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When the Batterer
is a Cop

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Changes the District Attorney Needs to Make

1. Encourage victims of officer-involved domestic violence to report directly to the D.A.'s office rather than police. Obviously victims would feel more comfortable reporting to someone other than the police, often to the very agency that employs their batterer. I notice this was done in the Darwin Kennedy case and that your office assigned it to the Sheriff's Department domestic violence unit. Is there any reason why this could not be implemented on a policy level?

2. All officer-involved domestic violence calls would immediately trigger a call to the D.A.'s office. A DDA would respond to the scene and head up the investigation from start to finish. This is based on Monterey County's new draft policy (attached). I spoke with Elaine McLees, the DDA there who wrote the policy.

Her rationale was that this would only amount to only a couple of cases a year, and thus would not strain the resources of the district attorney's office. She also has had experiences, similar to ours with Lubiszewski, showing that it actually would have required fewer district attorney resources, and a much better possibility of successful prosecution, if the D.A. had come in at the beginning, rather than trying to clean up the mess made by the police investigation.

Larry and I discussed the possible alternative of your office assigning either SRPD or the SO, rather than one of your investigators, to conduct the front-line investigation under your direction. I would be open to discussing this option, within certain parameters.

3. Track all cases of police-involved domestic violence, and make that information publicly available. This would include reports to police or your office, whether they were filed or rejected by your office, charges filed (misdemeanor/felony), and disposition.

This has no down-side, and a huge up-side. Clearly if we're going to address a problem we first have to know its magnitude. At present, we have no information locally to allow us to do that.

We do know from national studies, however, that the problem is significant. In two separate studies, when asked the question, "Have you been violent with your intimate partner within the past year?" 40% of police officers answered, "Yes." That's a startling number, and should be a wake-up call to us all that there is a whole class of women out there who are receiving no law enforcement protection at all. It's up to us to turn that around. (I'm attaching further information on the scope of the problem for your information.) A bare starting place is to begin to quantify the problem.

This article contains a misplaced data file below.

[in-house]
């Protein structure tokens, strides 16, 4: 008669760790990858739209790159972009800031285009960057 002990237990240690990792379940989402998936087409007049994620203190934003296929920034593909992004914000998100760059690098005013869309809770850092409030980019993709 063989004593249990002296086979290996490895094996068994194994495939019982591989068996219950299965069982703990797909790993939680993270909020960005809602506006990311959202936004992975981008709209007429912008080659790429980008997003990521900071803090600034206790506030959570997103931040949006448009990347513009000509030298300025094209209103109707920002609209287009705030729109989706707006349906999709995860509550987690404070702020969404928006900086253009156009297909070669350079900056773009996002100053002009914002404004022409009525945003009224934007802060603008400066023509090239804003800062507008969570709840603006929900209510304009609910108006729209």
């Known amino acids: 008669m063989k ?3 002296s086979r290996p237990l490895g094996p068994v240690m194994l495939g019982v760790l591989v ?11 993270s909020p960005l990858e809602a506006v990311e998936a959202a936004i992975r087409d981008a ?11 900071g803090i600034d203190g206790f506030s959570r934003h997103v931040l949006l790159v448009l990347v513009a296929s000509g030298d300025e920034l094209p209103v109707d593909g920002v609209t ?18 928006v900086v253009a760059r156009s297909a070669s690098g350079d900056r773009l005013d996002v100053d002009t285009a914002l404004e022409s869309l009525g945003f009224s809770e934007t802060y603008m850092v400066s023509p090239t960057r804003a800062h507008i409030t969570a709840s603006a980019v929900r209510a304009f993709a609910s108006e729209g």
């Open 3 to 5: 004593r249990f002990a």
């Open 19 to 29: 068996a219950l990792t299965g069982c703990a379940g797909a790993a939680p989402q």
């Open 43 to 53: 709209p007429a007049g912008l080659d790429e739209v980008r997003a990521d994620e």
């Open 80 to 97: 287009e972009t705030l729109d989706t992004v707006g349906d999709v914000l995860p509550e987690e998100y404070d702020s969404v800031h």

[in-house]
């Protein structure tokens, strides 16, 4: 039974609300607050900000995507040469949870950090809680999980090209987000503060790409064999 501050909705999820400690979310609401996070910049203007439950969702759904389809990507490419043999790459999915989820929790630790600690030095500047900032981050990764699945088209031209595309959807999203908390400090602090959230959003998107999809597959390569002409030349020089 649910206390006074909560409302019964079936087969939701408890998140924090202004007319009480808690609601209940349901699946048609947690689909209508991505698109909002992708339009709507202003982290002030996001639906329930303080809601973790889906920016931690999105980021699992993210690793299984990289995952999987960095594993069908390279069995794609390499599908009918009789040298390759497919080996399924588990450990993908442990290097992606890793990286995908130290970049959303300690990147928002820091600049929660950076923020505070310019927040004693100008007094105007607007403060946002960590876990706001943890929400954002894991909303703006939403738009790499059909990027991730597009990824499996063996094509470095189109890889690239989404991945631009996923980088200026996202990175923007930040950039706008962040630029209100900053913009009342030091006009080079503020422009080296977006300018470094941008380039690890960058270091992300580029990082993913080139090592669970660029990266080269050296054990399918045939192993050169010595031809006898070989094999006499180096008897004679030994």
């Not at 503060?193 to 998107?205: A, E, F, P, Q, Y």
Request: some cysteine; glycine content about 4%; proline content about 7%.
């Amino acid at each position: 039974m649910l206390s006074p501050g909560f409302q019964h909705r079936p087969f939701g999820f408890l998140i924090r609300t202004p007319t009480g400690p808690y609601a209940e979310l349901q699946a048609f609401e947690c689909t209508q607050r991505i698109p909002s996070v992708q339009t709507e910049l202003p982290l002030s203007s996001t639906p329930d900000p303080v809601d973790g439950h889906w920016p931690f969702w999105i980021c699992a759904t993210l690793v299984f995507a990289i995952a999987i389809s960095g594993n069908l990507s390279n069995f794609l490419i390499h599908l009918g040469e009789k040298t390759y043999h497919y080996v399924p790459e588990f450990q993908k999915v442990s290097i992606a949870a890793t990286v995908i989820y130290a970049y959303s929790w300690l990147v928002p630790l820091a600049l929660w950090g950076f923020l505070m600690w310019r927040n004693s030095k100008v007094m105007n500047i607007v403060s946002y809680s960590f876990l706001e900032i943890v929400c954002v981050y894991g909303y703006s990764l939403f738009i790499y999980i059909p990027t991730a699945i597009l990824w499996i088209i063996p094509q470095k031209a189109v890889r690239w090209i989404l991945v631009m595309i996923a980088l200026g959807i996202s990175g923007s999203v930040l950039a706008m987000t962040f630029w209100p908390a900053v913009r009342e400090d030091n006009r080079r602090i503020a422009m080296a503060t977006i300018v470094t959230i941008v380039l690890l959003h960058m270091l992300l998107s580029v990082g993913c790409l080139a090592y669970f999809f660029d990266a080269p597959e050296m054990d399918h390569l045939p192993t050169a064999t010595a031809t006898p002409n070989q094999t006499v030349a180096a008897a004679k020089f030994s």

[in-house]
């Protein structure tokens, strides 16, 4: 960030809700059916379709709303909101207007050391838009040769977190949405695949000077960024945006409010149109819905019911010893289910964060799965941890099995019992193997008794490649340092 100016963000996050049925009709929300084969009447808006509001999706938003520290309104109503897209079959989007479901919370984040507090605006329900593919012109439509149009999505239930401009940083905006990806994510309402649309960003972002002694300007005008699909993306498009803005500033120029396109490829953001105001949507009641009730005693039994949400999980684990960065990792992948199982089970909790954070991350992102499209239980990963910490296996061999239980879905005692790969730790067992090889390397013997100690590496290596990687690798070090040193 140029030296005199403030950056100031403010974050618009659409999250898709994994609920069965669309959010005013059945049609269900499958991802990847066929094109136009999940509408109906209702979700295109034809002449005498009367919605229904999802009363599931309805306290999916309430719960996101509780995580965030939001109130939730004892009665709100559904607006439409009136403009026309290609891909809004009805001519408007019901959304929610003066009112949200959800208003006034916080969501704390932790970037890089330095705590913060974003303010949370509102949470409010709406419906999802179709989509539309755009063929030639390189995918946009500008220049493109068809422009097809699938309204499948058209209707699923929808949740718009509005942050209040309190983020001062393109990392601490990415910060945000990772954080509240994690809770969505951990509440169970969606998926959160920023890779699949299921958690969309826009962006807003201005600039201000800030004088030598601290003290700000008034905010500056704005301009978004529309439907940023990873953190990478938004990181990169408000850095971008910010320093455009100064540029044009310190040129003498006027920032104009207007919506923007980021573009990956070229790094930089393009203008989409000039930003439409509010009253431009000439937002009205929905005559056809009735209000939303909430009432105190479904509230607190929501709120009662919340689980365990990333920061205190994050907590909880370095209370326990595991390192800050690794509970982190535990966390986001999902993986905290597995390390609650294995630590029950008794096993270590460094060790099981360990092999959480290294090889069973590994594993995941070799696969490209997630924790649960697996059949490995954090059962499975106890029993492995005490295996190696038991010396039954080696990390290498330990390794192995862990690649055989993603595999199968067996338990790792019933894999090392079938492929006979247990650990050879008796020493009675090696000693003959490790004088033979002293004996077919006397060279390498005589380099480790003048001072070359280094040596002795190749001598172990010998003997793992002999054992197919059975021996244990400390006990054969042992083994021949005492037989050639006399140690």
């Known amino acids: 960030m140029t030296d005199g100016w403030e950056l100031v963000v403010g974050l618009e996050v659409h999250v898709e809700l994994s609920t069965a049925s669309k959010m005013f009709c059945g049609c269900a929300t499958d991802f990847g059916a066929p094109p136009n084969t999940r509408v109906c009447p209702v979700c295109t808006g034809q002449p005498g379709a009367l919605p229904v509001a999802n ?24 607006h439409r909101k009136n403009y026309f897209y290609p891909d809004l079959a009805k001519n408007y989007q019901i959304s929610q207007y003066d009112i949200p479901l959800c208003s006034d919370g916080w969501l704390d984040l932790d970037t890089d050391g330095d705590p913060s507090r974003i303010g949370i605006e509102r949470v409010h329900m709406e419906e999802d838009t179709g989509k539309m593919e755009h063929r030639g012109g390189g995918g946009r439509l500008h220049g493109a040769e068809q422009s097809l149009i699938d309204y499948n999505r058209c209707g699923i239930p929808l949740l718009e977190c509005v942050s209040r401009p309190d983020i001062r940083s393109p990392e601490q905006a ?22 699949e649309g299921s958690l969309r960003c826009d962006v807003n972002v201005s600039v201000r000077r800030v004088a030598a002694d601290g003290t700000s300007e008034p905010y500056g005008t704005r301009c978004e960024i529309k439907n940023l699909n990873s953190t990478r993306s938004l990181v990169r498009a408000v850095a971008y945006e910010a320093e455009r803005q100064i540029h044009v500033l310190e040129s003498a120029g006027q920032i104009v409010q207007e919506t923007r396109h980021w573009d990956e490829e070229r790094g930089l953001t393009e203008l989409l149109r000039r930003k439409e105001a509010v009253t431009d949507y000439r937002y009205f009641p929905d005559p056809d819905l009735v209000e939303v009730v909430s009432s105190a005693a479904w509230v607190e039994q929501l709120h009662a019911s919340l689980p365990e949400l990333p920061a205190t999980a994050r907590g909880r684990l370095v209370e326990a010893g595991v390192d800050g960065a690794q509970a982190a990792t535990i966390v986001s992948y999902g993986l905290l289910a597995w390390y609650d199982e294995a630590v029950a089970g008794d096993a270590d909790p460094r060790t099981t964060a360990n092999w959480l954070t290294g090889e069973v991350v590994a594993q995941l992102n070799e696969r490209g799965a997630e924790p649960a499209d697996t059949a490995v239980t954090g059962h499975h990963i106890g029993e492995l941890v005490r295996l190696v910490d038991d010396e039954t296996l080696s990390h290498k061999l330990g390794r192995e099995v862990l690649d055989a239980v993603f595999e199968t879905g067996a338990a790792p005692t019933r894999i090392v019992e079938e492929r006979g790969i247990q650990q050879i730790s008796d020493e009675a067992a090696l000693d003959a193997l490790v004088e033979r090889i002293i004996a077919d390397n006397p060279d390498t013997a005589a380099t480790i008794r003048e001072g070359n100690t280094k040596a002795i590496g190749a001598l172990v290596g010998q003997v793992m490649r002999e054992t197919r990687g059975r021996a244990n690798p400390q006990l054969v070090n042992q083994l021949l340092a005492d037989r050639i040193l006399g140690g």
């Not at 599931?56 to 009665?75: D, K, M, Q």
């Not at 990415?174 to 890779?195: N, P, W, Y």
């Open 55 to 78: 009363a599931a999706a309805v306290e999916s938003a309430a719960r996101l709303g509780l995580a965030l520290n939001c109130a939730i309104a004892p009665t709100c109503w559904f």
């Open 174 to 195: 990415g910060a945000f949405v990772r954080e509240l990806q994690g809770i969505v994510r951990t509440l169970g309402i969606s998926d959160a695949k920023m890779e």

4. Assign the victim advocate to all officer-involved DV cases. Miriam Gaon was assigned to the Lubiszewski case at Mitzie Grabner's request, but victims should not have to ask for that accommodation.

While no doubt the domestic violence counselors on your staff perform a necessary service for victims, they are, in fact, counselors rather than advocates. Their training and experience is limited, and their involvement in the Lubiszewski case was, frankly, annoying. Gaon has many more years experience, she knows the criminal justice system from top to bottom, and was a valuable resource to both Mitzie Grabner and Bonnie Garrett through the excruciating trial process.
The victims of officer-involved DV have a host of problems and dangers not faced by other domestic violence victims. They need the victim advocate services of your office.

5. Continue to fight for victim advocate privilege on these and all other domestic violence and sexual assault cases. In the long-run, perhaps most dangerous turn of events in the Lubiszewski case was Turer's attack on victim advocate privilege. I know your office stood firm in defending that privilege, at no small expenditure of time and resources.

I'm sure you know as well as I do that, having been a successful tactic in this case, this is the look of things to come on future cases of violence against women, and that I won't be the only target. The confidential nature of victims' discussions with victim advocates and counselors is crucial to their willingness to cooperate in prosecution. We ask that you continue to vigorously defend that privilege.

6. Spearhead changes in the 911 dispatch system. As you know, in the Lubiszewski case the 911 dispatch records were woefully incomplete. There's no record of what the callers actually reported or whether the "verbal dispute" notation was made by the dispatcher taking the call or the police officer clearing it. Additionally responding officer Boggeri, who claims he was not given a specific address where the violence was taking place, made no contact with the callers to pinpoint the location.

Had he done so, all would have gone differently in the Lubiszewski trial. There would have been a 911 tape, a contemporaneous police report complete with fresh interviews with Mitzie Grabner and Jeffrey Lubiszewski, and photographs of Grabner's injuries and of the bedroom where the battery took place. The cell phone Lubiszewski broke to keep Grabner from calling 911 also would have been taken into evidence.

I'm aware you have no direct control over the county's dispatch system. However, as a powerful member of the Law Enforcement Chiefs' Association, you are certainly in a position to request the changes necessary to allow your office to receive the evidence you need for successful prosecution.

May 2004


© Tanya Brannan, Purple Berets
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